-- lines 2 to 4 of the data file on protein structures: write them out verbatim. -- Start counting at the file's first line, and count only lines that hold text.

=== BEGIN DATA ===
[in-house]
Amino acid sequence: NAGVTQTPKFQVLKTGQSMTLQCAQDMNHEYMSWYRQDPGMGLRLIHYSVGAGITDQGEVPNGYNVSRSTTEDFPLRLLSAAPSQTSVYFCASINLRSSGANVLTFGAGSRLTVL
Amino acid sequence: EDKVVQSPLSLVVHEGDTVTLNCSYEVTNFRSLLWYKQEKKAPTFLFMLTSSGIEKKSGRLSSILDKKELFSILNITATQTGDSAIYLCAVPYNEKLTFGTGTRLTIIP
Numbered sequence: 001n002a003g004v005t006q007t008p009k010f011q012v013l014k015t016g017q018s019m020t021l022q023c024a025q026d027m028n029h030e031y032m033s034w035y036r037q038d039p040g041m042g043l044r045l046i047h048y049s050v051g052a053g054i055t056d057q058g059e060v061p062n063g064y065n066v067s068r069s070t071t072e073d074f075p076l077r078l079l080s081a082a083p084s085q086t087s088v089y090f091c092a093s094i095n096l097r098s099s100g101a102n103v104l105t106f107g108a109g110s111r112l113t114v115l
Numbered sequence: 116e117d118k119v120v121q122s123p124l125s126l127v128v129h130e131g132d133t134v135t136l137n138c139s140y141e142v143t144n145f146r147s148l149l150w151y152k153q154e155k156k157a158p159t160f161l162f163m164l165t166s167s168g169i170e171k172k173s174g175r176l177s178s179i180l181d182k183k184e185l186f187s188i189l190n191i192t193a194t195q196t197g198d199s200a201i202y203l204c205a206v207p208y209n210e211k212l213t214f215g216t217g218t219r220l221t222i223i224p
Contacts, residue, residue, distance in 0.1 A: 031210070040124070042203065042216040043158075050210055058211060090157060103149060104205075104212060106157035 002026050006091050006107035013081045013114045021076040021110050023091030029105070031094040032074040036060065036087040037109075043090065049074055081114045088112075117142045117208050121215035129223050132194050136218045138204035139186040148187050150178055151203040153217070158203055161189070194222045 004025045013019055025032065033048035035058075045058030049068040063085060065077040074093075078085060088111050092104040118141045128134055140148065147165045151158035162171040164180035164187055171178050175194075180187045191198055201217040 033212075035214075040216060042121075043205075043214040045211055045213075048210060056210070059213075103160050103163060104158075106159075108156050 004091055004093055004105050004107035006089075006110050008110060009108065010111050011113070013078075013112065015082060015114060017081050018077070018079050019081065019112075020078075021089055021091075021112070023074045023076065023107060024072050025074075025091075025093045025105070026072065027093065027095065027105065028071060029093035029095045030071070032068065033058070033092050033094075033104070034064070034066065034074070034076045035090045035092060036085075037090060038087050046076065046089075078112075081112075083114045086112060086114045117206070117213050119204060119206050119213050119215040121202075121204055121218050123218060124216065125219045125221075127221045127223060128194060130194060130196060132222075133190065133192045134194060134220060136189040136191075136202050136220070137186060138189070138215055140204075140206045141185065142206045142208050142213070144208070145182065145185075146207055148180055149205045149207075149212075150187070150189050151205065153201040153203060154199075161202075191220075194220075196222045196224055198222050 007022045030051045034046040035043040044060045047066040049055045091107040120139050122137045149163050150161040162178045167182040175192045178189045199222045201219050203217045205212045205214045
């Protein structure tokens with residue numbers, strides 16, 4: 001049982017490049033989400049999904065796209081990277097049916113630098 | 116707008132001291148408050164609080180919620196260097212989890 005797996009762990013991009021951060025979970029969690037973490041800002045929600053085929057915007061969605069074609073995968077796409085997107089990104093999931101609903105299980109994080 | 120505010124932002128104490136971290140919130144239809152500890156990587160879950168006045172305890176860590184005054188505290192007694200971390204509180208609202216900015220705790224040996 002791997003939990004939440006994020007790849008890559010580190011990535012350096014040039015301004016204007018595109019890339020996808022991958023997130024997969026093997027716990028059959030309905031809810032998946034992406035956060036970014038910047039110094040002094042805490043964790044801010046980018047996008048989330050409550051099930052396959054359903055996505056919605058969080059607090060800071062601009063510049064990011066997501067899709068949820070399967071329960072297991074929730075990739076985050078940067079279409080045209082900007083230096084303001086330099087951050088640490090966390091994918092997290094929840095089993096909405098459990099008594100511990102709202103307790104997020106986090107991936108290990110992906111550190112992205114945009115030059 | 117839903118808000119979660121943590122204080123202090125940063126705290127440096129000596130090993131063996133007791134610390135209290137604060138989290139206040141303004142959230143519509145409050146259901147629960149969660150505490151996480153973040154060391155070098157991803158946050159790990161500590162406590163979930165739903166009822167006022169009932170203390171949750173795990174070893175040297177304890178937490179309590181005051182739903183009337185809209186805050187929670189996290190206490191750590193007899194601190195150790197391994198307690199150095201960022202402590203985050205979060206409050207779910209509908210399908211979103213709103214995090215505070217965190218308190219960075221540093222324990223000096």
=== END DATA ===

Amino acid sequence: NAGVTQTPKFQVLKTGQSMTLQCAQDMNHEYMSWYRQDPGMGLRLIHYSVGAGITDQGEVPNGYNVSRSTTEDFPLRLLSAAPSQTSVYFCASINLRSSGANVLTFGAGSRLTVL
Amino acid sequence: EDKVVQSPLSLVVHEGDTVTLNCSYEVTNFRSLLWYKQEKKAPTFLFMLTSSGIEKKSGRLSSILDKKELFSILNITATQTGDSAIYLCAVPYNEKLTFGTGTRLTIIP
Numbered sequence: 001n002a003g004v005t006q007t008p009k010f011q012v013l014k015t016g017q018s019m020t021l022q023c024a025q026d027m028n029h030e031y032m033s034w035y036r037q038d039p040g041m042g043l044r045l046i047h048y049s050v051g052a053g054i055t056d057q058g059e060v061p062n063g064y065n066v067s068r069s070t071t072e073d074f075p076l077r078l079l080s081a082a083p084s085q086t087s088v089y090f091c092a093s094i095n096l097r098s099s100g101a102n103v104l105t106f107g108a109g110s111r112l113t114v115l